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Simulating The Collaborative Design Process Through A Multidisciplinary Capstone Project

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2010 Annual Conference & Exposition


Louisville, Kentucky

Publication Date

June 20, 2010

Start Date

June 20, 2010

End Date

June 23, 2010



Conference Session

Collaborative Projects in Architectural Engineering Education

Tagged Division


Page Count


Page Numbers

15.1066.1 - 15.1066.17



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Paper Authors


Charlie Setterfield Sinclair Community College

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Charlie Setterfield is an Assistant Professor of Architectural Technology. B.A. Wittenberg University, M.Arch Ohio State University. With more than 18 years experience in the architectural and construction industries, including responsibilities in all aspects of architectural project delivery and construction management, Mr. Setterfield brings real-world experience to the classroom. Setterfield’s courses focus on materials and means of construction, construction document preparation, “green building”, professional practice and building codes. As a sole proprietor, Setterfield provided residential design services, specializing in timber framing and environmental responsibility. As a Plans Examiner, Setterfield balanced building code requirements with real-life owner and contractor concerns.

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Eric Dunn Sinclair Community College

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Eric Dunn is an associate professor in the Civil Engineering and Architectural Technologies department at Sinclair Community College. He has a masters degree in project management from Wright State University in Dayton, Ohio. He specializes in teaching construction management, cost estimating, means of construction and various CAD software packages. Dunn’s professional experiences include on site construction management, facilities management and as an estimator for a design/build firm. He is an affiliate professor for Project Lead the Way which introduces high school students to various disciplines of engineering.

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Russell Marcks Sinclair Community College

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Russ Marcks is a Professor in the Heating Ventilation and Air Conditioning Department at Sinclair Community College in Dayton, OH.

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NOTE: The first page of text has been automatically extracted and included below in lieu of an abstract

Simulating the Collaborative Design Process Through a Multidisciplinary Capstone Project Abstract

This paper highlights the results of a newly redesigned capstone course, incorporating objectives and priorities as defined by the department’s various discipline-specific advisory boards. Six technology disciplines (Architecture, Civil Engineering, Construction Management, HVACR, Environmental and Mechanical) worked together to research, design and document a highly energy efficient building. Three student teams were formed, providing very different solutions to the design challenge. The focal point of this paper is to summarize the simulation of workforce dynamics and how to work more closely with advisory board members.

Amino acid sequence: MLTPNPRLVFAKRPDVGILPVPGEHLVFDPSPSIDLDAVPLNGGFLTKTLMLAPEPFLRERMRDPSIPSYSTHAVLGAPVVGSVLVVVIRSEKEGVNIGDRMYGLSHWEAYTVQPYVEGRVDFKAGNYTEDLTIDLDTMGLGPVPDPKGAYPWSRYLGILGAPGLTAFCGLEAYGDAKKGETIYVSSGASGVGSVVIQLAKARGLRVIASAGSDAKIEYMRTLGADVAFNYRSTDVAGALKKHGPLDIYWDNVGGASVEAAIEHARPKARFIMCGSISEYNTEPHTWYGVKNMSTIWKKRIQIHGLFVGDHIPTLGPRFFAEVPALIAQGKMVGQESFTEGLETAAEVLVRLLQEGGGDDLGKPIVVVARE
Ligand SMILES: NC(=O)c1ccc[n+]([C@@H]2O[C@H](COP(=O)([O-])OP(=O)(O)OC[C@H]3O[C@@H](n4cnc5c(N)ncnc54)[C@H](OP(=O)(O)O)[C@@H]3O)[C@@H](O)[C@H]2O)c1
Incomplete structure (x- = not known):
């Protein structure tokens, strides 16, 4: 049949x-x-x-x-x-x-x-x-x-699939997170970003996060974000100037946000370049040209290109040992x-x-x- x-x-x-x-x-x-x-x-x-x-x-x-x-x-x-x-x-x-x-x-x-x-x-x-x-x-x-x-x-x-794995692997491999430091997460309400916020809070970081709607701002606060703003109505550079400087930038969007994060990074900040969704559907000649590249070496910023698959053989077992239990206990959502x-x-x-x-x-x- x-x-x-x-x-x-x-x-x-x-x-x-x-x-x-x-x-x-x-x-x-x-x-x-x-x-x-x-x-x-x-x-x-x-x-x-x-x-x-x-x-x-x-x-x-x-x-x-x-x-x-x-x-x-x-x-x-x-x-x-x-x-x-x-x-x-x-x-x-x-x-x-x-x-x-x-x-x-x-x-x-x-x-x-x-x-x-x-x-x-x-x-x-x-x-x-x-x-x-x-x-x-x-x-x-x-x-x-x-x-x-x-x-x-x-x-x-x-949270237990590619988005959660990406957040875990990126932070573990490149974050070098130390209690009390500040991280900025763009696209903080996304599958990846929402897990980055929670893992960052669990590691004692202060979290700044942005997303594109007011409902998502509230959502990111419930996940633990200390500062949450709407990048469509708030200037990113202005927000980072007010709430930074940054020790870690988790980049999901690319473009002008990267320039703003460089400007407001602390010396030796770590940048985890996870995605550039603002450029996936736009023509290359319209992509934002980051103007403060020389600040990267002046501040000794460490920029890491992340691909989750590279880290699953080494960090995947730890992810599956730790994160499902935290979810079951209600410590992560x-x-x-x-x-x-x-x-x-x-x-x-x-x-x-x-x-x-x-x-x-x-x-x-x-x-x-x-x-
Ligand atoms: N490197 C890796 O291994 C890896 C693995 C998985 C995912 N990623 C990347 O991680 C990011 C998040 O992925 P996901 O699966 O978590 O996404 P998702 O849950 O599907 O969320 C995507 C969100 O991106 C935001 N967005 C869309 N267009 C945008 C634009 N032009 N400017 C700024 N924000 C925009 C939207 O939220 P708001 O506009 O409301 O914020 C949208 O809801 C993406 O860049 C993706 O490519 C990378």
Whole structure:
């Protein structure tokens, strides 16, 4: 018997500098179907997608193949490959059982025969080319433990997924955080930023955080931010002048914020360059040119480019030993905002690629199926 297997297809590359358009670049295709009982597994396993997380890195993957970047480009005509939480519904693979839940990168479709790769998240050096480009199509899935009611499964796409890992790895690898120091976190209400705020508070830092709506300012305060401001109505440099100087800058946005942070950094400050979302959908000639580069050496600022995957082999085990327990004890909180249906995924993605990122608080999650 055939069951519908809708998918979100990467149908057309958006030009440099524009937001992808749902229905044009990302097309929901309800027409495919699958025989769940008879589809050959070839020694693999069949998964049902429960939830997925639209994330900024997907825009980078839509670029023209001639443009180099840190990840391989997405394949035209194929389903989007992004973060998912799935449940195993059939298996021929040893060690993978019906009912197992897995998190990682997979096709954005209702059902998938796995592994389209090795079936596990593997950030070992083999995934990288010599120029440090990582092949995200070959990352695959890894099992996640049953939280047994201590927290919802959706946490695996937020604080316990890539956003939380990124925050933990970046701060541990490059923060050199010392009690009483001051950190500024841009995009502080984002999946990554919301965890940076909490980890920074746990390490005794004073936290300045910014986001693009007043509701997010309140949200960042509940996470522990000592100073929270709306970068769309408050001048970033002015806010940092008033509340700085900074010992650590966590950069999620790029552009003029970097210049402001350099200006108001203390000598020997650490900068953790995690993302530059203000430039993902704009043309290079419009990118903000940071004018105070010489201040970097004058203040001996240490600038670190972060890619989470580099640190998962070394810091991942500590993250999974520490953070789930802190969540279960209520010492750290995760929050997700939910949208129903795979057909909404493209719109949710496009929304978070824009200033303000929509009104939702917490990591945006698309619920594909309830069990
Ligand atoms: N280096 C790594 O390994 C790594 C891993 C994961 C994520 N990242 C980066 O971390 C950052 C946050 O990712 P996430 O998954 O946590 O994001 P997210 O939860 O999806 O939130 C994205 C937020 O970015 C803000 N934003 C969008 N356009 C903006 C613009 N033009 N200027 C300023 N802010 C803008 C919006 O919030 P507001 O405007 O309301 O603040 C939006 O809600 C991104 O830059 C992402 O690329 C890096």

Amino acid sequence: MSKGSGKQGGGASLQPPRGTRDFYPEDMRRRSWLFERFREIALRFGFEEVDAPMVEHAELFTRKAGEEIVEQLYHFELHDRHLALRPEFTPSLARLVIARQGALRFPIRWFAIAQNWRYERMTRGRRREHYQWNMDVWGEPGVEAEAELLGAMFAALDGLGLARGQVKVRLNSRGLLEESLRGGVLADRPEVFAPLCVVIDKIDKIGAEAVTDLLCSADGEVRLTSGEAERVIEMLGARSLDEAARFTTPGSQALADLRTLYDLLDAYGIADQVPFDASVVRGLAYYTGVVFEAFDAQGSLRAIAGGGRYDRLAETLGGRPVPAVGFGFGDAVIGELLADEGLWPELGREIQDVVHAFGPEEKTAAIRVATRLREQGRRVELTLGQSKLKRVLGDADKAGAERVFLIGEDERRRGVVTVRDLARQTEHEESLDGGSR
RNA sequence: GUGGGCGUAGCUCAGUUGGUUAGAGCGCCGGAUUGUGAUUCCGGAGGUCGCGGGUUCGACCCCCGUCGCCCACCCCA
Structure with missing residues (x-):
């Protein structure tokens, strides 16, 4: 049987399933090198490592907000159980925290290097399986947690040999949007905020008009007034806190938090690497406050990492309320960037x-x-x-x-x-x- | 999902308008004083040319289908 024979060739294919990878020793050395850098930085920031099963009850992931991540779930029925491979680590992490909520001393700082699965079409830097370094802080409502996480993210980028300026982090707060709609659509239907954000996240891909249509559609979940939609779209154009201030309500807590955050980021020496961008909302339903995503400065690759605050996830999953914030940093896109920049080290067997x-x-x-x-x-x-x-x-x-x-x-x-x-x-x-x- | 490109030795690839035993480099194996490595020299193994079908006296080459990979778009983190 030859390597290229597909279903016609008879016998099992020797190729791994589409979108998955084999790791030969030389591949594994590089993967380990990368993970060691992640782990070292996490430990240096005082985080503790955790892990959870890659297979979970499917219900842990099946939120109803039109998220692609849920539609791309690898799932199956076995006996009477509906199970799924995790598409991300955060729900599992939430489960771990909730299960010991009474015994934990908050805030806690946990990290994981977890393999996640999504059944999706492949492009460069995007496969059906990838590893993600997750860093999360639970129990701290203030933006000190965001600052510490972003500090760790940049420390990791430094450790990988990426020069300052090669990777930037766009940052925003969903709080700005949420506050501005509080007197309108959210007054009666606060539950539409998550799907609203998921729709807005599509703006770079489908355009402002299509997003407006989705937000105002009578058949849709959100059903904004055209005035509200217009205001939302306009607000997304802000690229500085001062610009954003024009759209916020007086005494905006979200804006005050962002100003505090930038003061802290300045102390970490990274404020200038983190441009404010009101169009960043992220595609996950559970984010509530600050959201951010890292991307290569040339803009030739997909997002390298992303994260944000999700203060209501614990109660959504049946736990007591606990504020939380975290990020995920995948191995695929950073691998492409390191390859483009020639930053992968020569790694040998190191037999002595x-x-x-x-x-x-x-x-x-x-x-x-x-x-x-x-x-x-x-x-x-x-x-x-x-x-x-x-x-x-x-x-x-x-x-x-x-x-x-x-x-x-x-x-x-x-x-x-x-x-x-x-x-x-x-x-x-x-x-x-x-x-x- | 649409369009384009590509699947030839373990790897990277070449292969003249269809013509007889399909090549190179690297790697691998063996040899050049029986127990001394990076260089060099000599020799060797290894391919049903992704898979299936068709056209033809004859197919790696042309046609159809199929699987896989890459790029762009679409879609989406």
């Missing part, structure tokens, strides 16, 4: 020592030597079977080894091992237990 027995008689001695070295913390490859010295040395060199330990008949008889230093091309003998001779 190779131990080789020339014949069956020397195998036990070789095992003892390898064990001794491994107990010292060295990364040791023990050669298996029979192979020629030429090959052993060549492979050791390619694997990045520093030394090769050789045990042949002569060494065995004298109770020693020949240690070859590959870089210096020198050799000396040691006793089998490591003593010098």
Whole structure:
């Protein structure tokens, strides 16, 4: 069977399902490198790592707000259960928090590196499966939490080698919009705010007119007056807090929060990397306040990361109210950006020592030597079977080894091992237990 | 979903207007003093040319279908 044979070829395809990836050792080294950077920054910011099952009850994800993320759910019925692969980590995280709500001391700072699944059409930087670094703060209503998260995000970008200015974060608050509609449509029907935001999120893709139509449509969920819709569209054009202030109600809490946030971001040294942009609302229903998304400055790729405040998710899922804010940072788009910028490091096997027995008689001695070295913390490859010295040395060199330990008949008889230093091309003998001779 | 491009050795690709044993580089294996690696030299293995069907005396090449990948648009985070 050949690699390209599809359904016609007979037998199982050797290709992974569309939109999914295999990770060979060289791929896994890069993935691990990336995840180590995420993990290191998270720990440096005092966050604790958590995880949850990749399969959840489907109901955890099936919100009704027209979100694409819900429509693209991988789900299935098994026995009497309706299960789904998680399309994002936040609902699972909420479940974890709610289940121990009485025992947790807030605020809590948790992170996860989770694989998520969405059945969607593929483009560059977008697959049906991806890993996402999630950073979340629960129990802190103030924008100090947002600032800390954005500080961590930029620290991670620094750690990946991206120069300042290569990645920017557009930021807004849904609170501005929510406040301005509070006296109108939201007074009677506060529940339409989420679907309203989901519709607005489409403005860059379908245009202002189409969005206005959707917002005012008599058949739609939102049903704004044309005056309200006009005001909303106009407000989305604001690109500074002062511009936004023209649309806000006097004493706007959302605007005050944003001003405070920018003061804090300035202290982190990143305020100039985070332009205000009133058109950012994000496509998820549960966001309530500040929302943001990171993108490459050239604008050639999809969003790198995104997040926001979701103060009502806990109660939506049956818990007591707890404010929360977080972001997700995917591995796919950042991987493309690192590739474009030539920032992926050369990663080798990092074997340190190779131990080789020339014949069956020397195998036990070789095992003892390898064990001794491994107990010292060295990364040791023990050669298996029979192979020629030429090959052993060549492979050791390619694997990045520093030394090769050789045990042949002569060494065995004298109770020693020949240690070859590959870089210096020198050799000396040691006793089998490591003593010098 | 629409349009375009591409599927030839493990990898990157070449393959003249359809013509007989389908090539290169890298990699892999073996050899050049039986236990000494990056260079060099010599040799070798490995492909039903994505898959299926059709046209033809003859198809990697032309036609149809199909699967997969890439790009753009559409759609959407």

An important aspect of the assignment was Integrated Project Delivery (IPD), requiring students of diverse disciplines to work together to formulate a feasible solution. Professors worked with students to foster a sense of community that allowed cross-disciplinary collaboration, including hosting a visiting lecturer who specializes in IPD who worked with both faculty and students prior to the start of the project. Technology allowing for group communication was employed by the teams and monitored by faculty throughout the course.

Building Information Modeling (BIM) was a cornerstone of the challenge, driving students to explore new technologies of modeling and construction. Autodesk’s Revit, a component-driven building modeling program, was the design software of choice. Revit models were coupled with energy analysis, estimating, rendering, and other design programs. A designated server on campus was established to allow for work sharing and information management.

While students used technology specific to their disciplines, information and decisions were compiled to allow access by the team and client. The project guidelines mandated the inclusion of green technologies, including renewable energy. Net Zero Energy, which requires designers to balance a building’s energy consumption with its ability to generate power, required team’s diligence in their IPD effort.

Layering on top of the various discipline-specific and IPD priorities was a goal to explore the pedagogy of technology. Students matriculating in the current technological environment face significant impact on their productivity, communication and research activities as a result of technology, some positive and some negative. As a result, a goal was to explore the use of technology and pedagogical theory to help guide the capstone effort.

Setterfield, C., & Dunn, E., & Marcks, R. (2010, June), Simulating The Collaborative Design Process Through A Multidisciplinary Capstone Project Paper presented at 2010 Annual Conference & Exposition, Louisville, Kentucky. 10.18260/1-2--16593

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